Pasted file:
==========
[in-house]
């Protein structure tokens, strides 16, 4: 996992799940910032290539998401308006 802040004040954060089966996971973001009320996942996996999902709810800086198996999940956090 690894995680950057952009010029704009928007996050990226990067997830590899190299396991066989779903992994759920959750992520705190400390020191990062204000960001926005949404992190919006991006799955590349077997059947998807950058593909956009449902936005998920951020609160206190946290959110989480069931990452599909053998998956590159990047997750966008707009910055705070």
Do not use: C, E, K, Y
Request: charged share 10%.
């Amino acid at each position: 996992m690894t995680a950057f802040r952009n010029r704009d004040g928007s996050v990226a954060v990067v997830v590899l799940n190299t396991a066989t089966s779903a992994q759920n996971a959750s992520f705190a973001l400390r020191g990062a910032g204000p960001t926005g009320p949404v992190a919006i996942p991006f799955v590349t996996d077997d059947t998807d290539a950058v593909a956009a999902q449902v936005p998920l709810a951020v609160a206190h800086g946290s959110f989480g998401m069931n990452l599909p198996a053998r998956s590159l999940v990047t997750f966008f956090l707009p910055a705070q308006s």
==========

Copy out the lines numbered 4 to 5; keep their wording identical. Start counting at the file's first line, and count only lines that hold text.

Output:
Request: charged share 10%.
């Amino acid at each position: 996992m690894t995680a950057f802040r952009n010029r704009d004040g928007s996050v990226a954060v990067v997830v590899l799940n190299t396991a066989t089966s779903a992994q759920n996971a959750s992520f705190a973001l400390r020191g990062a910032g204000p960001t926005g009320p949404v992190a919006i996942p991006f799955v590349t996996d077997d059947t998807d290539a950058v593909a956009a999902q449902v936005p998920l709810a951020v609160a206190h800086g946290s959110f989480g998401m069931n990452l599909p198996a053998r998956s590159l999940v990047t997750f966008f956090l707009p910055a705070q308006s």